Compiling reports like the one VF Corp released in December is a Herculean effort for smaller businesses that lack resources to survey emissions across supply chains that extend across the globe. 

“To actually lower our carbon footprint means a whole new business model,” says Cam Brensinger, founder and chief executive of NEMO Equipment Inc., which relies on some 80 suppliers to manufacture a tent. “And a whole new way of building things and transporting things—there is some game-changing creative work that’s going to need to be done.”

The outdoor industry is trailing other industry associations that are pushing members to use science-based targets to reduce emissions, says Kevin Moss, global director of the Center for Sustainable Business at the World Resources Institute, which collaborated on the science-based target initiative with CDP and others. “We need this industry to have a very strong voice on climate—they should have the strongest voice on climate,” he says. “On their web site where it says, 'Read OIA’s official climate statement,' you push the button and there’s nothing there.”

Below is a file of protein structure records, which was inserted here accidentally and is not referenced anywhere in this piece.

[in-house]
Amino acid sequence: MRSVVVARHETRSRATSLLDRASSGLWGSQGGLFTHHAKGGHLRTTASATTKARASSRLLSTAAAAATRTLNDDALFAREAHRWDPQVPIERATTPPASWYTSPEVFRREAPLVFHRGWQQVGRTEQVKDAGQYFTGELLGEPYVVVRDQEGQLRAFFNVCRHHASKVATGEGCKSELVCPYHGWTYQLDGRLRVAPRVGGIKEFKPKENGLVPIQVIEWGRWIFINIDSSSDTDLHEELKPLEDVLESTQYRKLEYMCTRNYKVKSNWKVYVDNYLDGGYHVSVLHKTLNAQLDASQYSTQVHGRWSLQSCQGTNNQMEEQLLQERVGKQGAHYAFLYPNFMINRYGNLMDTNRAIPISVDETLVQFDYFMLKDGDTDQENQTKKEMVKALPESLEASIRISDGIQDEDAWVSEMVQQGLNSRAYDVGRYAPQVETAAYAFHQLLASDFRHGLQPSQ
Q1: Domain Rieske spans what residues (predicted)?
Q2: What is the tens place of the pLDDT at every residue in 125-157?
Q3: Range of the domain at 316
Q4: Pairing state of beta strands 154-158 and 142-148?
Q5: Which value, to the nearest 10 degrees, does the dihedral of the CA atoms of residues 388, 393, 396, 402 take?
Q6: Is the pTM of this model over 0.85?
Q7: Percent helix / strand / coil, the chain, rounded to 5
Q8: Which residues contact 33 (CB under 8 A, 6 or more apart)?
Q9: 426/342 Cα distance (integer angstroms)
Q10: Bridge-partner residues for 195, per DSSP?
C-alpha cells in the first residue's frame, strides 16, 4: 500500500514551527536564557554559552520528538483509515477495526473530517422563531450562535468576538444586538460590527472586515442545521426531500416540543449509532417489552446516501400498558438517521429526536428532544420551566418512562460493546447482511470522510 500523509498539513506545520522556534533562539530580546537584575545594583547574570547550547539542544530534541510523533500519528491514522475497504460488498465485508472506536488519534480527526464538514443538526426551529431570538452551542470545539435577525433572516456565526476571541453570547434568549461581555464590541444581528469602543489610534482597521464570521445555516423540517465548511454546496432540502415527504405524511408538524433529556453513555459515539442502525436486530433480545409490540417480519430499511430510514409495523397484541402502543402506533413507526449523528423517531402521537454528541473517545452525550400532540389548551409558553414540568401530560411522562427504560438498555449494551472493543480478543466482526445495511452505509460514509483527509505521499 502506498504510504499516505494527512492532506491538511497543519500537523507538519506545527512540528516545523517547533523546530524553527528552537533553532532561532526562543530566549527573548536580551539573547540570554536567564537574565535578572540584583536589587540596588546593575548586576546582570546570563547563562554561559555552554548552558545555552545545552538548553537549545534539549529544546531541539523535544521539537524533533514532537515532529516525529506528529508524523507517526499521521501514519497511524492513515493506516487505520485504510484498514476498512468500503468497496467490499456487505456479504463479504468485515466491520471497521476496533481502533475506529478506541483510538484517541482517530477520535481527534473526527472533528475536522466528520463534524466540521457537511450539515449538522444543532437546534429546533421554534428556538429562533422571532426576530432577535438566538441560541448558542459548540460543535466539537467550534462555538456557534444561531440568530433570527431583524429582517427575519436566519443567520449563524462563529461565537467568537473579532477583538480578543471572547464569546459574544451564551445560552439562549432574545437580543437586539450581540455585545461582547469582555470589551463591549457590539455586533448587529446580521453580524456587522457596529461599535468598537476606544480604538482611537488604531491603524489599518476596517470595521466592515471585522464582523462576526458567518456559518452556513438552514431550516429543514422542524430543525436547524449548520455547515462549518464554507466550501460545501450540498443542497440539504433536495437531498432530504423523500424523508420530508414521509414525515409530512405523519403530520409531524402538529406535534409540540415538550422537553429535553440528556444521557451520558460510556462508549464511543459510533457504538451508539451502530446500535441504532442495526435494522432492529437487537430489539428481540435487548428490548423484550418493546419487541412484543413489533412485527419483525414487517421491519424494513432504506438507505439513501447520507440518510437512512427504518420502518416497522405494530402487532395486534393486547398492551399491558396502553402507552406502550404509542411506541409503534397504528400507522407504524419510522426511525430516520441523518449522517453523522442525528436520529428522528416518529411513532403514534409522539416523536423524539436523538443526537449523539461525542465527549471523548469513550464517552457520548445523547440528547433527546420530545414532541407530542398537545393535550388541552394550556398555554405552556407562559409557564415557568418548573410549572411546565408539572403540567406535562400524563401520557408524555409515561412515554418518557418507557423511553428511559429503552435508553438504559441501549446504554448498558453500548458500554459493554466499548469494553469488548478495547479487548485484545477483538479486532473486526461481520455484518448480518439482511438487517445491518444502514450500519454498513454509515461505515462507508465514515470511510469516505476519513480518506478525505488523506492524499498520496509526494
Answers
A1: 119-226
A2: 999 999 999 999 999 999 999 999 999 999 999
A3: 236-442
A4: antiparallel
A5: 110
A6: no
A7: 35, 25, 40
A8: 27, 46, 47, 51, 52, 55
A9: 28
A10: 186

A particular challenge for the outdoor industry is travel, given that nature enthusiasts often must use some type of transportation—which is responsible for about a third of global emissions—to reach mountains, forests, beaches, or deserts. One way outdoor businesses can work to reduce such environmental impacts is by using their brand to change their customers’ behavior to be more carbon efficient, Moss says. 

Professional athletes like ski mountaineer Nelson are helping brands like the North Face do just that by promoting the Cost of Carbon tool. 

The calculator—which allows users to offset not only transportation emissions but also those incurred through lodging, shipping, and fuel—also helps nature enthusiasts counter allegations that they’re hypocrites for traveling if they’re worried about global warming. “In our own ways, we are all striving for perfection,” Nelson wrote on her December Instagram post urging her followers to use the tool. “But that’s just it—we are striving and along that path we are not perfect.”